The past week was busy. We hosted a conference (ocgm.uoregon.edu) here at school, so that took up some of my time and brain power. I had a productive editing meeting with one of my advisors and started on the pedagogical section (at this point, I’m going to call it Chapter 3.5). Mostly I’ve been making outlines and thinking about what needs to go in this chapter/section, but I did start writing a bit too. Below, I included the prose I started on how Functional Analysis might fit into collegiate music curricula.
The other accomplishment of this week was to create a rough-draft reading schedule, so that if I don’t feel like writing I can go back and read things I’m going to need for later (and so I can not get behind next fall). If I actually cross things off this list/schedule remains to be seen, but having a list is a pretty good start for me.
I’m taking a break from Chapter 3 until I get more comments on it, mostly so I can come back to it with a more distanced view of it. I do hope to do a fairly significant round of edits on it before the end of the quarter (mid-March).
Motivation is tricky right now; I’m much more interested in shenanigans for spring break than sitting at a computer.
Integration into curricula
I believe Functional Analysis can easily fill goals already present in the standard college Musicianship curriculum. The majority of music students use Theory primarily to further other interests in performance or teaching, and Functional Analysis is designed with these types of musicians in mind. The simplicity and additive nature of Functional Analysis was in part design as a reaction to freshmen issues, allowing students to tell me what they know and not worry about what we may not have gotten to yet. An ambitious program could use Functional Analysis for the entire Theory core program, but I imagine that it may first find a home in graduate theory review courses or theory intensive seminars.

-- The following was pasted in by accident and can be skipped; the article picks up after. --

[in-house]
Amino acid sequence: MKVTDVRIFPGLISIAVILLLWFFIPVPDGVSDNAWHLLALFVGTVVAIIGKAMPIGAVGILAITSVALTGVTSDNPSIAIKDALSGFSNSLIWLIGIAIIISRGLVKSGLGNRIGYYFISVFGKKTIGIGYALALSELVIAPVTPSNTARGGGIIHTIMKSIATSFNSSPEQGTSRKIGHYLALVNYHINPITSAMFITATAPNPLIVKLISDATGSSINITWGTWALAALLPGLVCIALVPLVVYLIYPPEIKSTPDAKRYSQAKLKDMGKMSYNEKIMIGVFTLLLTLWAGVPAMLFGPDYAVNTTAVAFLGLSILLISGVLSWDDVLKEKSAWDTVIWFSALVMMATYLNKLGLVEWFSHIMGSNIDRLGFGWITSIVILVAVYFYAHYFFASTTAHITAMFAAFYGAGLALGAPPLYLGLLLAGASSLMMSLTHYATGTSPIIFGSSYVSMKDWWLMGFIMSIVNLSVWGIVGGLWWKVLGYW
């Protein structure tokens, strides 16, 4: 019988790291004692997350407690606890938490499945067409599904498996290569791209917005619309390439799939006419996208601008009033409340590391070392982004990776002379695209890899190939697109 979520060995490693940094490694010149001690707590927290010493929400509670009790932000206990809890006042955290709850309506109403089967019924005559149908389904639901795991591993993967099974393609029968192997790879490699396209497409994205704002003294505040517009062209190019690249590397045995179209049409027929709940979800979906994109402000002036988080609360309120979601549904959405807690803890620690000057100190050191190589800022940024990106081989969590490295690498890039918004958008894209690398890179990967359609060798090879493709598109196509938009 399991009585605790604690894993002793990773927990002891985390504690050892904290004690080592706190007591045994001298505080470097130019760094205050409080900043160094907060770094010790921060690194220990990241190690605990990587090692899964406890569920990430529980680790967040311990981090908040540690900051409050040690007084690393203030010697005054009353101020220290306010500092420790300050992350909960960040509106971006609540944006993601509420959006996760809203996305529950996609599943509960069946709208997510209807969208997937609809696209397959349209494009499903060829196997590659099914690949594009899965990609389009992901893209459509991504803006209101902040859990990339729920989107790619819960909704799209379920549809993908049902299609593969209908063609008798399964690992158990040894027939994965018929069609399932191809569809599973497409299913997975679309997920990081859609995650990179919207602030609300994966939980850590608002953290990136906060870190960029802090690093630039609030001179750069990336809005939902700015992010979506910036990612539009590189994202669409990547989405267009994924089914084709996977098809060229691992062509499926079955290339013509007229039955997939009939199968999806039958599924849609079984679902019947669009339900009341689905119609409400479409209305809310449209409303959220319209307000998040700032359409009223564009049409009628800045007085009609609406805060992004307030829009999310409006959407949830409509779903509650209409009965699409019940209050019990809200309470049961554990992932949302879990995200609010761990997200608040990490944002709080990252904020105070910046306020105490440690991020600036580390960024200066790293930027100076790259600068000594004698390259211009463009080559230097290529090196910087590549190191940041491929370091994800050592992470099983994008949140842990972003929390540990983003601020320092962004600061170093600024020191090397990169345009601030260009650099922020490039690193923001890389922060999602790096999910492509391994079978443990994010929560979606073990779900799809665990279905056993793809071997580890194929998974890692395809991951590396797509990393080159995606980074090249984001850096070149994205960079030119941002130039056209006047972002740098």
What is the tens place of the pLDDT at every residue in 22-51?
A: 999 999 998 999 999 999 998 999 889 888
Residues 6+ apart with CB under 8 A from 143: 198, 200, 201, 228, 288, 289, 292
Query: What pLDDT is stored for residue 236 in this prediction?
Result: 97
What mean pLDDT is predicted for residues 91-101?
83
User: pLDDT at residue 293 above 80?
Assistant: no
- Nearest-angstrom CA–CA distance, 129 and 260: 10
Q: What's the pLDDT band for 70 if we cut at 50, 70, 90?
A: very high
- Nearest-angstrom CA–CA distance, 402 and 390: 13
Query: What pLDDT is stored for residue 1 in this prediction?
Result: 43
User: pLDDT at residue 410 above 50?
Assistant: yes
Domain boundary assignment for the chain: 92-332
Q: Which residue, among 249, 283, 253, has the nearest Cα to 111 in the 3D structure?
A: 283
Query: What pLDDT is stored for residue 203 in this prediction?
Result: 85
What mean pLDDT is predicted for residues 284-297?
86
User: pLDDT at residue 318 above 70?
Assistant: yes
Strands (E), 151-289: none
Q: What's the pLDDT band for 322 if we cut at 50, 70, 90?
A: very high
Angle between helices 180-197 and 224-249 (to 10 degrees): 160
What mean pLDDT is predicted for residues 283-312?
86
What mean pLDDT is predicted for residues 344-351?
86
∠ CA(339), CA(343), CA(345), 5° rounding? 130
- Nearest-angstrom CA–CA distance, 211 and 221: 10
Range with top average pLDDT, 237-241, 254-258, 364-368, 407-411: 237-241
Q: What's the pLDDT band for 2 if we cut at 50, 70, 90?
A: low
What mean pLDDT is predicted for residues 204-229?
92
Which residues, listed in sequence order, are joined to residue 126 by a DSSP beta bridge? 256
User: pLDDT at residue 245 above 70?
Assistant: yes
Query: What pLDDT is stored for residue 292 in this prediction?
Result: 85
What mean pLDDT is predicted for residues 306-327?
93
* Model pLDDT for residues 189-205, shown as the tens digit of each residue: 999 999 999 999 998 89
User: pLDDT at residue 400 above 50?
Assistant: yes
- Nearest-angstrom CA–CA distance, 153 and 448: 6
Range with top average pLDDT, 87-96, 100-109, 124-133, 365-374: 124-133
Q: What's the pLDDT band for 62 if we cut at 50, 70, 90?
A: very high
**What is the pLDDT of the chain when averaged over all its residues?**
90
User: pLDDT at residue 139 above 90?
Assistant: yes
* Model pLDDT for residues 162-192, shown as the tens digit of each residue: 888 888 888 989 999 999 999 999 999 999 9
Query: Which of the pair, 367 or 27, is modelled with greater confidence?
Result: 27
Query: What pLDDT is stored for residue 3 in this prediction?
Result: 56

As the name implies, Graduate Theory Review courses are designed for Master’s and Doctoral students who need some refresher on skills they are assumed to have learned in the Theory Core curriculum, most often not Theory majors. This would be an ideal place, because Functional Analysis provides an easy to learn vocabulary for these students who are concentrating on other highly developed skills. Functional Analysis can help bring Theory to relevance for these students, and if they no longer remember Roman numerals, they are unlikely to ever be tested on that again, so there is no downside to using a non-standard system.
Theory majors uninterested in pedagogy would mostly likely be interested in Functional Analysis as it works in conjunction with other, more advanced theories. I have yet to formally teach a seminar on such a topic, but in Chapter IV I will show experiments with these hybrids and extensions.
For students wishing to learn Functional Analysis after they have already learned Roman numerals, there are some short cuts that can be taken. Since most will already be familiar with some functional concepts and chord membership, many of the beginning topics (Cadences, primary functions) can be introduced as review. However, topics that are conceptually different for those who learned Roman numerals first might bear a more careful look, like P6 or reversed secondary relations in minor.